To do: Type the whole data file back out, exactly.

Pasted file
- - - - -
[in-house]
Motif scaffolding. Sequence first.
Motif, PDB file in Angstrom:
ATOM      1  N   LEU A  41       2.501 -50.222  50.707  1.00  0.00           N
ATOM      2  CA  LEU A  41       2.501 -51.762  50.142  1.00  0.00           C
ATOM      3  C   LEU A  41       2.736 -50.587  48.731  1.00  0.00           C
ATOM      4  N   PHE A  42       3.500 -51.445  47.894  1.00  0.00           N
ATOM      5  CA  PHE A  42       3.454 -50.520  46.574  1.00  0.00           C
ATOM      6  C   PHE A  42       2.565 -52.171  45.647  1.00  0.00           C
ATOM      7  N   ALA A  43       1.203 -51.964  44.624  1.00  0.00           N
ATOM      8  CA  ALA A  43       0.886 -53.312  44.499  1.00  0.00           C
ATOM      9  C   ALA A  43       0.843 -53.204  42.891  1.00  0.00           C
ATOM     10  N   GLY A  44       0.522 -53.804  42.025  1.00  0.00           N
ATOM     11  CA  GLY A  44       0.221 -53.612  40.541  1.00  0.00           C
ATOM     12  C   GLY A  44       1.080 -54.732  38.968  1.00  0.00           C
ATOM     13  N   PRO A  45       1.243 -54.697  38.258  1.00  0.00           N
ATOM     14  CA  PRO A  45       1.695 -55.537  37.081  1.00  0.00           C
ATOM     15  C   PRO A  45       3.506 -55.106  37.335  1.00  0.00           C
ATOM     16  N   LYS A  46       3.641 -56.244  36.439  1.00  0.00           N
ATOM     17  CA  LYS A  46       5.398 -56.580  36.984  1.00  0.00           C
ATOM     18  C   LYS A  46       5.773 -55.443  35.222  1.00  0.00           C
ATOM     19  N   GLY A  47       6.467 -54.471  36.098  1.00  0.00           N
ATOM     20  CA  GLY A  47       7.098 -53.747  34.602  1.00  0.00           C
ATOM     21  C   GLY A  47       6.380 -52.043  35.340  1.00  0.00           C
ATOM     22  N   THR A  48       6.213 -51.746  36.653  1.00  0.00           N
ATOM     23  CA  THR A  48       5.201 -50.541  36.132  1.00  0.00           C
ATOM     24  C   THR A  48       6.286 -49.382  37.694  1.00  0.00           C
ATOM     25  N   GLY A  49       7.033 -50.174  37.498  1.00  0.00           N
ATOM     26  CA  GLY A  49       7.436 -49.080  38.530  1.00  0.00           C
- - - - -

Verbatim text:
[in-house]
Motif scaffolding. Sequence first.
Motif, PDB file in Angstrom:
ATOM      1  N   LEU A  41       2.501 -50.222  50.707  1.00  0.00           N
ATOM      2  CA  LEU A  41       2.501 -51.762  50.142  1.00  0.00           C
ATOM      3  C   LEU A  41       2.736 -50.587  48.731  1.00  0.00           C
ATOM      4  N   PHE A  42       3.500 -51.445  47.894  1.00  0.00           N
ATOM      5  CA  PHE A  42       3.454 -50.520  46.574  1.00  0.00           C
ATOM      6  C   PHE A  42       2.565 -52.171  45.647  1.00  0.00           C
ATOM      7  N   ALA A  43       1.203 -51.964  44.624  1.00  0.00           N
ATOM      8  CA  ALA A  43       0.886 -53.312  44.499  1.00  0.00           C
ATOM      9  C   ALA A  43       0.843 -53.204  42.891  1.00  0.00           C
ATOM     10  N   GLY A  44       0.522 -53.804  42.025  1.00  0.00           N
ATOM     11  CA  GLY A  44       0.221 -53.612  40.541  1.00  0.00           C
ATOM     12  C   GLY A  44       1.080 -54.732  38.968  1.00  0.00           C
ATOM     13  N   PRO A  45       1.243 -54.697  38.258  1.00  0.00           N
ATOM     14  CA  PRO A  45       1.695 -55.537  37.081  1.00  0.00           C
ATOM     15  C   PRO A  45       3.506 -55.106  37.335  1.00  0.00           C
ATOM     16  N   LYS A  46       3.641 -56.244  36.439  1.00  0.00           N
ATOM     17  CA  LYS A  46       5.398 -56.580  36.984  1.00  0.00           C
ATOM     18  C   LYS A  46       5.773 -55.443  35.222  1.00  0.00           C
ATOM     19  N   GLY A  47       6.467 -54.471  36.098  1.00  0.00           N
ATOM     20  CA  GLY A  47       7.098 -53.747  34.602  1.00  0.00           C
ATOM     21  C   GLY A  47       6.380 -52.043  35.340  1.00  0.00           C
ATOM     22  N   THR A  48       6.213 -51.746  36.653  1.00  0.00           N
ATOM     23  CA  THR A  48       5.201 -50.541  36.132  1.00  0.00           C
ATOM     24  C   THR A  48       6.286 -49.382  37.694  1.00  0.00           C
ATOM     25  N   GLY A  49       7.033 -50.174  37.498  1.00  0.00           N
ATOM     26  CA  GLY A  49       7.436 -49.080  38.530  1.00  0.00           C